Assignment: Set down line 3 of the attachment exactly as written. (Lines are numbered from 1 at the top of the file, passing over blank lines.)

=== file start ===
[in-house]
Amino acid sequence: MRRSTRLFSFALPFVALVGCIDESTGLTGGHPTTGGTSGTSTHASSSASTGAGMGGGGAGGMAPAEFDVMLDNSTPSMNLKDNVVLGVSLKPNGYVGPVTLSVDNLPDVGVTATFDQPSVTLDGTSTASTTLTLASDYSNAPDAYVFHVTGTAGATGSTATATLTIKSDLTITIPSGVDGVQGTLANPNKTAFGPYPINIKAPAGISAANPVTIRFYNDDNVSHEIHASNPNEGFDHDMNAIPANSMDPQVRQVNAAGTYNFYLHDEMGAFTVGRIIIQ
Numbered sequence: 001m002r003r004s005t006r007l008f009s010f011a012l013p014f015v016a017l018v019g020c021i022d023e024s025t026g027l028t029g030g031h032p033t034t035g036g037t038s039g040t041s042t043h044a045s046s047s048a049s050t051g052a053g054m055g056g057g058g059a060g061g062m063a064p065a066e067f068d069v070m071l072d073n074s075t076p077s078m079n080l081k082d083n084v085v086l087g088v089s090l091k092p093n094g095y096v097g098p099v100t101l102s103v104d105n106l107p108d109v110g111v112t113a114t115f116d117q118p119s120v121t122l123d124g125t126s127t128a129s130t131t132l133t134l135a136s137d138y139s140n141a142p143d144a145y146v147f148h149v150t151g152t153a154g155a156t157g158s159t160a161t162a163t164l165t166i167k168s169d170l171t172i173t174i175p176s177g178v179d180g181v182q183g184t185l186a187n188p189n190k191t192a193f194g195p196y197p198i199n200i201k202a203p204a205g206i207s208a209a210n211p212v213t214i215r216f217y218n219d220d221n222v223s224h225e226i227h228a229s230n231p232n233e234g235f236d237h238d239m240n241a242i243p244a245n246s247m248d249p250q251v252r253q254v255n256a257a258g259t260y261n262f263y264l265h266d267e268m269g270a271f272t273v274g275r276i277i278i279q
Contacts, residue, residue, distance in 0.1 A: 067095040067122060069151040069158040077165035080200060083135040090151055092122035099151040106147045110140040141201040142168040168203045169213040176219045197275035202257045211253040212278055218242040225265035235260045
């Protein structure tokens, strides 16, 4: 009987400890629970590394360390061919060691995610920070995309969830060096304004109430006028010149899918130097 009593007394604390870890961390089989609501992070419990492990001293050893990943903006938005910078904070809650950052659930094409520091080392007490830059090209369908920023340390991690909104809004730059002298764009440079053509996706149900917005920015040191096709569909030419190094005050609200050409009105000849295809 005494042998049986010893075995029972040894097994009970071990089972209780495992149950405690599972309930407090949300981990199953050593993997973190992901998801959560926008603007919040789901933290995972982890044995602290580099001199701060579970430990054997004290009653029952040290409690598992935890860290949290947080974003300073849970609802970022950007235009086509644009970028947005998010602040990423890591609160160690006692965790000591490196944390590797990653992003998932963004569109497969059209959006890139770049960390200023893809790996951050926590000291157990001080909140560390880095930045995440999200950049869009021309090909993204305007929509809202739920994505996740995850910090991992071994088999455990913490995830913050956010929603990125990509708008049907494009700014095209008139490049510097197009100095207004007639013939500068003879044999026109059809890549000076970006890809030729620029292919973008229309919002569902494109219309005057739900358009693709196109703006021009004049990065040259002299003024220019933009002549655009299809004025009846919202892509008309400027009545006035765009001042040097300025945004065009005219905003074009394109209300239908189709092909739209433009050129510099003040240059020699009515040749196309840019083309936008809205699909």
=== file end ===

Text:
Numbered sequence: 001m002r003r004s005t006r007l008f009s010f011a012l013p014f015v016a017l018v019g020c021i022d023e024s025t026g027l028t029g030g031h032p033t034t035g036g037t038s039g040t041s042t043h044a045s046s047s048a049s050t051g052a053g054m055g056g057g058g059a060g061g062m063a064p065a066e067f068d069v070m071l072d073n074s075t076p077s078m079n080l081k082d083n084v085v086l087g088v089s090l091k092p093n094g095y096v097g098p099v100t101l102s103v104d105n106l107p108d109v110g111v112t113a114t115f116d117q118p119s120v121t122l123d124g125t126s127t128a129s130t131t132l133t134l135a136s137d138y139s140n141a142p143d144a145y146v147f148h149v150t151g152t153a154g155a156t157g158s159t160a161t162a163t164l165t166i167k168s169d170l171t172i173t174i175p176s177g178v179d180g181v182q183g184t185l186a187n188p189n190k191t192a193f194g195p196y197p198i199n200i201k202a203p204a205g206i207s208a209a210n211p212v213t214i215r216f217y218n219d220d221n222v223s224h225e226i227h228a229s230n231p232n233e234g235f236d237h238d239m240n241a242i243p244a245n246s247m248d249p250q251v252r253q254v255n256a257a258g259t260y261n262f263y264l265h266d267e268m269g270a271f272t273v274g275r276i277i278i279q